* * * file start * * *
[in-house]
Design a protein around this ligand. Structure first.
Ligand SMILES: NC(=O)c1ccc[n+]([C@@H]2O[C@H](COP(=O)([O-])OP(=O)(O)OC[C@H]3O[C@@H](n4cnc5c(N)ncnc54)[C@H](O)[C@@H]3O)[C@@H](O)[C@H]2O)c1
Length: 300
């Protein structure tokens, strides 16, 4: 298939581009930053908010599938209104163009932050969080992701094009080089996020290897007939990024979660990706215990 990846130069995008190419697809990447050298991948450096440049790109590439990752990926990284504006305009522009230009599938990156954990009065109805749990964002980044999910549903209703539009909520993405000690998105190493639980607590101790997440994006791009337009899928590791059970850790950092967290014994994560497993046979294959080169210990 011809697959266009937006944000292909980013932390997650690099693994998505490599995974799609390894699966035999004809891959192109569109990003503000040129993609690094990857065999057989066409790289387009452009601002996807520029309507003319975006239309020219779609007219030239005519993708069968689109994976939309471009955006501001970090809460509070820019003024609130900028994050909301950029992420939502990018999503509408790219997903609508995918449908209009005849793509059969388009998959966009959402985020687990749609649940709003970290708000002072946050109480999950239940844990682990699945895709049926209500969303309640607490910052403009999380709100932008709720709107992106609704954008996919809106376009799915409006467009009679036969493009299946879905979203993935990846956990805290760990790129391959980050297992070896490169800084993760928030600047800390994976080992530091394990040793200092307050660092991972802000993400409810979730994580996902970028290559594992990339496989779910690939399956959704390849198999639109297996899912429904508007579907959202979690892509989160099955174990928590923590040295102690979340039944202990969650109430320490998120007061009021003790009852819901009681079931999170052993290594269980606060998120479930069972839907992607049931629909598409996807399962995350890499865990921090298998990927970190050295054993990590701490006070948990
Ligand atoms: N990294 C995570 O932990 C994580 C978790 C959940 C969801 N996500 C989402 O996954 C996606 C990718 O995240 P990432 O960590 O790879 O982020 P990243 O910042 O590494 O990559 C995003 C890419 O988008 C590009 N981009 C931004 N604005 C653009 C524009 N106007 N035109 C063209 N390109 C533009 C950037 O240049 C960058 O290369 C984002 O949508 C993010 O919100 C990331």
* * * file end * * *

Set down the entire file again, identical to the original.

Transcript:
[in-house]
Design a protein around this ligand. Structure first.
Ligand SMILES: NC(=O)c1ccc[n+]([C@@H]2O[C@H](COP(=O)([O-])OP(=O)(O)OC[C@H]3O[C@@H](n4cnc5c(N)ncnc54)[C@H](O)[C@@H]3O)[C@@H](O)[C@H]2O)c1
Length: 300
């Protein structure tokens, strides 16, 4: 298939581009930053908010599938209104163009932050969080992701094009080089996020290897007939990024979660990706215990 990846130069995008190419697809990447050298991948450096440049790109590439990752990926990284504006305009522009230009599938990156954990009065109805749990964002980044999910549903209703539009909520993405000690998105190493639980607590101790997440994006791009337009899928590791059970850790950092967290014994994560497993046979294959080169210990 011809697959266009937006944000292909980013932390997650690099693994998505490599995974799609390894699966035999004809891959192109569109990003503000040129993609690094990857065999057989066409790289387009452009601002996807520029309507003319975006239309020219779609007219030239005519993708069968689109994976939309471009955006501001970090809460509070820019003024609130900028994050909301950029992420939502990018999503509408790219997903609508995918449908209009005849793509059969388009998959966009959402985020687990749609649940709003970290708000002072946050109480999950239940844990682990699945895709049926209500969303309640607490910052403009999380709100932008709720709107992106609704954008996919809106376009799915409006467009009679036969493009299946879905979203993935990846956990805290760990790129391959980050297992070896490169800084993760928030600047800390994976080992530091394990040793200092307050660092991972802000993400409810979730994580996902970028290559594992990339496989779910690939399956959704390849198999639109297996899912429904508007579907959202979690892509989160099955174990928590923590040295102690979340039944202990969650109430320490998120007061009021003790009852819901009681079931999170052993290594269980606060998120479930069972839907992607049931629909598409996807399962995350890499865990921090298998990927970190050295054993990590701490006070948990
Ligand atoms: N990294 C995570 O932990 C994580 C978790 C959940 C969801 N996500 C989402 O996954 C996606 C990718 O995240 P990432 O960590 O790879 O982020 P990243 O910042 O590494 O990559 C995003 C890419 O988008 C590009 N981009 C931004 N604005 C653009 C524009 N106007 N035109 C063209 N390109 C533009 C950037 O240049 C960058 O290369 C984002 O949508 C993010 O919100 C990331």